Toronto – Third baseman Josh Donaldson and the Toronto Blue Jays agreed to a $23 million contract, the largest one-year deal for an arbitration-eligible player.
The 32-year-old, a three-time All-Star, topped the $21,625,000, one-year deal covering 2018 agreed to last May by outfielder Bryce Harper and Washington.
Donaldson, the 2015 AL MVP, got a $6 million raise after rebounding from an injury-slowed 2016 to hit .270 last season with 33 homers and 78 RBIs in 113 games. The sure-handed infielder missed time from April 14 through May 25 with a calf injury, which also hampered him during spring training.
Donaldson was coming off a $28.65 million, two-year deal. He is eligible for free agency after this season.
Toronto also agreed Friday to one-year deals with outfielder Ezequiel Carrera ($1.9 million) and left-hander Aaron Loup ($1,812,500).
Carrera earned $1,162,500 last season, when the 30-year-old Venezuelan played every outfield spot and batted .282 with eight homers and 20 RBIs in a career-high 131 games for the Blue Jays — 91 of those in left field.
Toronto’s other arbitration eligible players are right-handers Dominic Leone, Roberto Osuna, Aaron Sanchez and Marcus Stroman, outfielder Kevin Pillar and second baseman Devon Travis.
White Sox, Abreu agree
The White Sox agreed to a $13 million, one-year deal with slugger Jose Abreu.
The White Sox avoided arbitration with Abreu and three other players, also reaching one-year deals with infielder Leury García ($1,175,000) and left-handers Luis Avilán ($2.45 million) and Carlos Rodón ($2.3 million).
Outfielder Avisaíl García, a former Tiger, and infielder Yolmer Sánchez remain eligible for arbitration. Garcia asked for $6.7 million and was offered $5.85 million, Sanchez sought $2.35 million and was offered $2.1 million.
Abreu has reached the 30-home run mark three times and driven in at least 100 runs in all four of his major league seasons. The first baseman hit .304 with 33 homers and 102 RBIs last year.
Avilan was acquired from the Dodgers in a three-team trade last week.
Nine on board for Red Sox
Shortstop Xander Bogaerts and outfielder Jackie Bradley Jr. were among nine Boston players who reached deals on one-year contracts.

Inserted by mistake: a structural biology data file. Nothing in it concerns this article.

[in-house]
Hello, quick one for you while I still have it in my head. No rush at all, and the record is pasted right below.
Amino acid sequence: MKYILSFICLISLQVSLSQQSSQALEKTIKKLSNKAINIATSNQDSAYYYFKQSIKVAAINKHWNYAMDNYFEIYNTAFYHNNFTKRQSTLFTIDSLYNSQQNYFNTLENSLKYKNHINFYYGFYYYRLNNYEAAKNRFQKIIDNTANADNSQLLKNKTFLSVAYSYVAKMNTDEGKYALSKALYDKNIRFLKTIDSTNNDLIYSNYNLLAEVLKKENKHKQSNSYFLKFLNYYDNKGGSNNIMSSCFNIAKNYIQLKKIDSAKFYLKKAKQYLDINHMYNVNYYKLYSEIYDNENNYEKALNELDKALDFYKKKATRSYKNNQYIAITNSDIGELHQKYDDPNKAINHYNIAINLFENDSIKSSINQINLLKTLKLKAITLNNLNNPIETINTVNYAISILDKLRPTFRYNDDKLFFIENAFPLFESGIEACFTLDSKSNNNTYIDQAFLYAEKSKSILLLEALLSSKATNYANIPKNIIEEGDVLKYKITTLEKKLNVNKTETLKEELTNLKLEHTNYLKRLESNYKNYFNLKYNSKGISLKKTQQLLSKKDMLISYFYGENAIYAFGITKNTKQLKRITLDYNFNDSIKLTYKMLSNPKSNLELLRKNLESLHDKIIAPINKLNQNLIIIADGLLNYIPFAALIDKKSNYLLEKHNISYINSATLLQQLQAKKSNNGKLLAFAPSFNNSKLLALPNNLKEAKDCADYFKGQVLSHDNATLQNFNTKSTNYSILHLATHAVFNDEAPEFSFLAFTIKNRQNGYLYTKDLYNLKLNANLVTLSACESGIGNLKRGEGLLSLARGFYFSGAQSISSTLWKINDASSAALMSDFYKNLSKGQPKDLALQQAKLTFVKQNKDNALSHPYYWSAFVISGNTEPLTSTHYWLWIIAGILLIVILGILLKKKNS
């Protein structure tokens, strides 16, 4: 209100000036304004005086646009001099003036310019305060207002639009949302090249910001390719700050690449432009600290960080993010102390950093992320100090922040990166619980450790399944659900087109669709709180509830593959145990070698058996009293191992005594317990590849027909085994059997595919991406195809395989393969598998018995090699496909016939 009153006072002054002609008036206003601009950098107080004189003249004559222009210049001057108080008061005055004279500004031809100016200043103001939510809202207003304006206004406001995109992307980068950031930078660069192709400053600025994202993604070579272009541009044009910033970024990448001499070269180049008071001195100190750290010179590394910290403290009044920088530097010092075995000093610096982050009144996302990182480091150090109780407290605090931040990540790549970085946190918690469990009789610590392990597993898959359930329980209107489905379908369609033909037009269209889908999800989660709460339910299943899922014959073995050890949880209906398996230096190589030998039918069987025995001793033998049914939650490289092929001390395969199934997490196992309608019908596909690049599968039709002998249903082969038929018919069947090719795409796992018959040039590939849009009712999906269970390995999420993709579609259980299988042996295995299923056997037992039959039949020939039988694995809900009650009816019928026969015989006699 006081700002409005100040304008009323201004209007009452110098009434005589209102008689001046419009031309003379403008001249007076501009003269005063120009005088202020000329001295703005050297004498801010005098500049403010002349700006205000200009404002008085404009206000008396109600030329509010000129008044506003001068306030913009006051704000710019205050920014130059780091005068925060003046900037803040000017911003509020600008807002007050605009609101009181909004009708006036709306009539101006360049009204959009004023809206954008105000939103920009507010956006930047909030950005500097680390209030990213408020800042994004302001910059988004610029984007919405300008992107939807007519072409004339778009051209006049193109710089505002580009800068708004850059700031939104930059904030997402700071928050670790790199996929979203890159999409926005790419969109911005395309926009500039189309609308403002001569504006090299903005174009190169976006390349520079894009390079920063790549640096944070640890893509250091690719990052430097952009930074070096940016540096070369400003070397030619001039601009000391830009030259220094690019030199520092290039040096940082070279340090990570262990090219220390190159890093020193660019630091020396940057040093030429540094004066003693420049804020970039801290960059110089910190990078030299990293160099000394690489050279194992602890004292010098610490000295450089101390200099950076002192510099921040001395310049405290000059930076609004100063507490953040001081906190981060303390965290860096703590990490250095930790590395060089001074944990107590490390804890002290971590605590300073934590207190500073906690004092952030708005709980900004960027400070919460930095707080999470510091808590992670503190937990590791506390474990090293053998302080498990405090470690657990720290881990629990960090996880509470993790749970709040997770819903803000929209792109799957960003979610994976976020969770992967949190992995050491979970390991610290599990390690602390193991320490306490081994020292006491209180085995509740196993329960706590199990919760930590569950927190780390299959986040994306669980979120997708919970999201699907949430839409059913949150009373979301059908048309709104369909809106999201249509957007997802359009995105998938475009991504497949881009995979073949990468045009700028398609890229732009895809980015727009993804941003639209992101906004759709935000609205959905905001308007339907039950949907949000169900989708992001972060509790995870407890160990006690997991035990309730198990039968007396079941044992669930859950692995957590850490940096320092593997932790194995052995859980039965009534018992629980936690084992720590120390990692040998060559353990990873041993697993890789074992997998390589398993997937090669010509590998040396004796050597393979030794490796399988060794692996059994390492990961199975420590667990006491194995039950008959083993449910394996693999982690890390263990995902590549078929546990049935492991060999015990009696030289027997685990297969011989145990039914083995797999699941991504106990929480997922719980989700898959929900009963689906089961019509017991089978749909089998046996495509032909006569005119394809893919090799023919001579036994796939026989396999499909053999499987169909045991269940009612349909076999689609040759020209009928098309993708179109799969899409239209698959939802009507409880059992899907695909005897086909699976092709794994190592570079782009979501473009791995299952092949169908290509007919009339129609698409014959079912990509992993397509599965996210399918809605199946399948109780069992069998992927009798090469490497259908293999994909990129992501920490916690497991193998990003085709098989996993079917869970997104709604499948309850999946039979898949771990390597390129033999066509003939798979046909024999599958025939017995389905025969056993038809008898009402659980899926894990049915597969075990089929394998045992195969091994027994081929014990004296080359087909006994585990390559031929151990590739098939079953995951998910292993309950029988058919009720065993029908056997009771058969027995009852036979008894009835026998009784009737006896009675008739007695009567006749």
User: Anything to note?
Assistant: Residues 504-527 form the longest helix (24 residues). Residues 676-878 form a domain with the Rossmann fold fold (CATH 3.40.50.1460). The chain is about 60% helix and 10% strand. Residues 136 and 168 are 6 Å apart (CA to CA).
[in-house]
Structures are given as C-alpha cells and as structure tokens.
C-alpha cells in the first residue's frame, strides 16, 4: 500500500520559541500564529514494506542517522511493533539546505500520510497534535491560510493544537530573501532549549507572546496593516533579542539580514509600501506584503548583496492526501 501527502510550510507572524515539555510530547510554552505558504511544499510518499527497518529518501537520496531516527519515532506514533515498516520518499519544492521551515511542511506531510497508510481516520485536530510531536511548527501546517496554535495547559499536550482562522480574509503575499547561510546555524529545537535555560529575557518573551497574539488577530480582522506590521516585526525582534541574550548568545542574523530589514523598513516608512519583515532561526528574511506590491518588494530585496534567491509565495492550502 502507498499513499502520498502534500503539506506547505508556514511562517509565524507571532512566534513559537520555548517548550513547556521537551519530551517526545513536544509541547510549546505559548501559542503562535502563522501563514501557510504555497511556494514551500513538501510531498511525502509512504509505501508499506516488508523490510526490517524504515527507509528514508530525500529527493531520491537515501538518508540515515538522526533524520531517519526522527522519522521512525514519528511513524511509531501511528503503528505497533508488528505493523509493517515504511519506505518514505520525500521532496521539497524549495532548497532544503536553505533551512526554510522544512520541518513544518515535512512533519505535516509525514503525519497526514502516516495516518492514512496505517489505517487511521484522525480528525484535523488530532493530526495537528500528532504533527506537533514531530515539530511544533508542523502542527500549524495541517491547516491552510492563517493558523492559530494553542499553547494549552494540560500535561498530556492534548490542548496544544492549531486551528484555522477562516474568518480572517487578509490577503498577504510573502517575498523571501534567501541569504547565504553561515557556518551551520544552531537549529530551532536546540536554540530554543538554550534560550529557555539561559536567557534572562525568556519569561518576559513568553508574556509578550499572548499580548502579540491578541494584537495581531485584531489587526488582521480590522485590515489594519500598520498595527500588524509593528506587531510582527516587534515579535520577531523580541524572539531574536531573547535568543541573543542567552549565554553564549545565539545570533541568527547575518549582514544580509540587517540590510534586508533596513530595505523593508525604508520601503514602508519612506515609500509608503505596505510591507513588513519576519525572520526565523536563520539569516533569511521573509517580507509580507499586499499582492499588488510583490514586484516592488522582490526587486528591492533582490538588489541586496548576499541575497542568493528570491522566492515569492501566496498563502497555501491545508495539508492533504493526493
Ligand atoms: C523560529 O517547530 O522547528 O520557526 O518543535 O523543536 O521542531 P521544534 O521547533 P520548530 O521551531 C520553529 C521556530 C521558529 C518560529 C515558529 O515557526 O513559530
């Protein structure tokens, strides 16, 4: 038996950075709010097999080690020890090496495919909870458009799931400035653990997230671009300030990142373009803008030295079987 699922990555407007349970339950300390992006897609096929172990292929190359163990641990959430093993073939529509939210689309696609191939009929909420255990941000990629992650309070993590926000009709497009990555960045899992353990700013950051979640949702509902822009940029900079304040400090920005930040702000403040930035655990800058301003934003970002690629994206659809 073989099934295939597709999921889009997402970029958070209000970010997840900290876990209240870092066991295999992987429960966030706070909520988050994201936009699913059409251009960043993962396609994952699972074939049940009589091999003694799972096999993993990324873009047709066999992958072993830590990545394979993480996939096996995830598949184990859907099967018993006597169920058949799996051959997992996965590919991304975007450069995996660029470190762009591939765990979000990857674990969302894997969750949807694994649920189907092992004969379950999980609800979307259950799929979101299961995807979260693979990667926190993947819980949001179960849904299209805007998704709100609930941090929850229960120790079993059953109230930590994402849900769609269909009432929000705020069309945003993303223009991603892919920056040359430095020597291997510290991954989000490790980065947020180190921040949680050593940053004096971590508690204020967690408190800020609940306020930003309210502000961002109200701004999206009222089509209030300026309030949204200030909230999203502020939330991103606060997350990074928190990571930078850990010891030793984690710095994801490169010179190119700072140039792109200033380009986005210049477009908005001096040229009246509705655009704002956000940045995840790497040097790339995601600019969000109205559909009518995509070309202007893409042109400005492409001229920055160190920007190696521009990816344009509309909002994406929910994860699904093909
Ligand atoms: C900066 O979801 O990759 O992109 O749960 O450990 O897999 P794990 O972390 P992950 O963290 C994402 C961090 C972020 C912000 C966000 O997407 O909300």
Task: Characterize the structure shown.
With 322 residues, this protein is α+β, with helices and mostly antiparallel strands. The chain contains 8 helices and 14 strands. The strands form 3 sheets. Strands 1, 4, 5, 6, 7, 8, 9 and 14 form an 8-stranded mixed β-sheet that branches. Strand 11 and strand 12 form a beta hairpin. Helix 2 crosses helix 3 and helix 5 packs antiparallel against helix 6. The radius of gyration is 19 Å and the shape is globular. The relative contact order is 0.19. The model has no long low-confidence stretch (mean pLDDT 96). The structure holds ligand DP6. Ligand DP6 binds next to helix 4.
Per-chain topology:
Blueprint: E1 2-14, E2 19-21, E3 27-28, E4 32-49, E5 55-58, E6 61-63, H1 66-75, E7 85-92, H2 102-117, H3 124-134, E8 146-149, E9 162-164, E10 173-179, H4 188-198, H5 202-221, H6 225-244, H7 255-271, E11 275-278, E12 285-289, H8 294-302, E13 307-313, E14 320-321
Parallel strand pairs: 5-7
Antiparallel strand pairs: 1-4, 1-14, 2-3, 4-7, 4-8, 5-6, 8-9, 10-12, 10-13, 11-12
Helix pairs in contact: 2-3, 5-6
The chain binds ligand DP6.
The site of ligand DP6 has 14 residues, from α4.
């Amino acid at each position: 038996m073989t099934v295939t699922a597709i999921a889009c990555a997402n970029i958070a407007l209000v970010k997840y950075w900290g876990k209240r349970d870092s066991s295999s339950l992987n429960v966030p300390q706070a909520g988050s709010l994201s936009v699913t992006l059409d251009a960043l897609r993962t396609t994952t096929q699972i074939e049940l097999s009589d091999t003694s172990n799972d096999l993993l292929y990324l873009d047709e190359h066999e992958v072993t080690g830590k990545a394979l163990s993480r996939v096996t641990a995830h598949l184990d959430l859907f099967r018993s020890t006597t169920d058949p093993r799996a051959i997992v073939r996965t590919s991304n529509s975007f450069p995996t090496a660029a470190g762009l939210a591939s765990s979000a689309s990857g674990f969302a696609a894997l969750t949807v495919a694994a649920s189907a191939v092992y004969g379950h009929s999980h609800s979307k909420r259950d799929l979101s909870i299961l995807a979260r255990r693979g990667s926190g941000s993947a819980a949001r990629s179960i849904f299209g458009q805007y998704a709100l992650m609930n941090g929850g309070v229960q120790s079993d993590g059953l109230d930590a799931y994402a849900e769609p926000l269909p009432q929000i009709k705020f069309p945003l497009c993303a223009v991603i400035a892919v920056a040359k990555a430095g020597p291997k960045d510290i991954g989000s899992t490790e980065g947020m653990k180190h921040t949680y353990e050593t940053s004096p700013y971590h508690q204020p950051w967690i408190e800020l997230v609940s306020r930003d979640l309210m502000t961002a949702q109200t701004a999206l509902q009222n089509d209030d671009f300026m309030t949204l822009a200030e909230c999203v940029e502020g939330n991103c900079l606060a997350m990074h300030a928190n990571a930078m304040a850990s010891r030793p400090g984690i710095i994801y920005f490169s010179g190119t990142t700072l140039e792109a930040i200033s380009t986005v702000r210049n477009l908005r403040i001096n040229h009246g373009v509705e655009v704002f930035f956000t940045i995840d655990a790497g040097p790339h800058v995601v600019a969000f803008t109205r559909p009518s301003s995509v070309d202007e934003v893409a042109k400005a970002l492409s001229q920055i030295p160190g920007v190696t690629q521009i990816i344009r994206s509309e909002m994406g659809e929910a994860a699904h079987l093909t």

Pitchers Joe Kelly, Drew Pomeranz, Eduardo Rodriguez and Brandon Workman, infielder Brock Holt and catchers Sandy Leon and Christian Vazquez also settled.
The agreements left two-time All-Star outfielder Mookie Betts as the only Boston player in salary arbitration. He asked for $10.5 million and the Red Sox offered $7.5 million.
Bogaerts will make $7.05 million, up from $4.5 million last season. The 25-year-old hit .273 with 62 RBIs and 15 steals.
A year after becoming an All-Star, Bogaerts saw his power drop from 21 homers to 10. His second half was the problem: He batted .229 with a .339 slugging percentage from June 23 on.
Bradley will get $6.1 million, an increase from $3.6 million last year, when he hit .245 with 17 homers and 63 RBIs.
Bryant, Cubs agree
Kris Bryant agreed to a $10.85 million, one-year deal with the Cubs, a record for a player eligible for arbitration for the first time.
The previous mark was held by Ryan Howard, who was awarded $10 million by a three-person panel in 2008, his first year of eligibility for arbitration. The Cubs and Bryant avoided arbitration, and the 26-year-old third baseman receives a hefty raise after making $1.05 million last year.
Bryant hit .295 with 29 home runs and 73 RBIs in 2017. The previous season, he earned National League MVP honors when he hit .292 with 39 homers and 102 RBIs.
The Cubs won the World Series that year for the first time since 1908.
New deal for Blackmon
NL batting champion Charlie Blackmon and the Rockies avoided salary arbitration by agreeing to a $14 million, one-year contract.
The 31-year-old center fielder hit .331 with 37 homers and 104 RBIs last year and made $7.3 million. He can become a free agent after this season.
Blackmon turned in one of the most productive seasons from the leadoff spot in major league history. His 102 RBIs from the top of the order surpassed Darin Erstad’s previous major league record of 100 set with the Angels in 2000.
Blackmon had 383 total bases — the most by a leadoff hitter for a season.
His 37 homers tied him with Marcell Ozuna and teammate Nolan Arenado for third-most in the NL.
Other Colorado players eligible for arbitration include second baseman DJ LeMahieu and right-hander Chad Bettis.
Corbin signs for one year
Left-hander Patrick Corbin and the Diamondbacks avoided salary arbitration by agreeing to a $7.5 million, one-year contract.
The 28-year-old was 14-13 with a 4.03 ERA last season and made $3.95 million.
He has a 45-47 record with a 4.13 ERA in five seasons with the Diamondbacks. After going 14-8 with a 3.41 ERA and making the All-Star Game in 2013, he missed 2014 and part of 2015 after Tommy John surgery.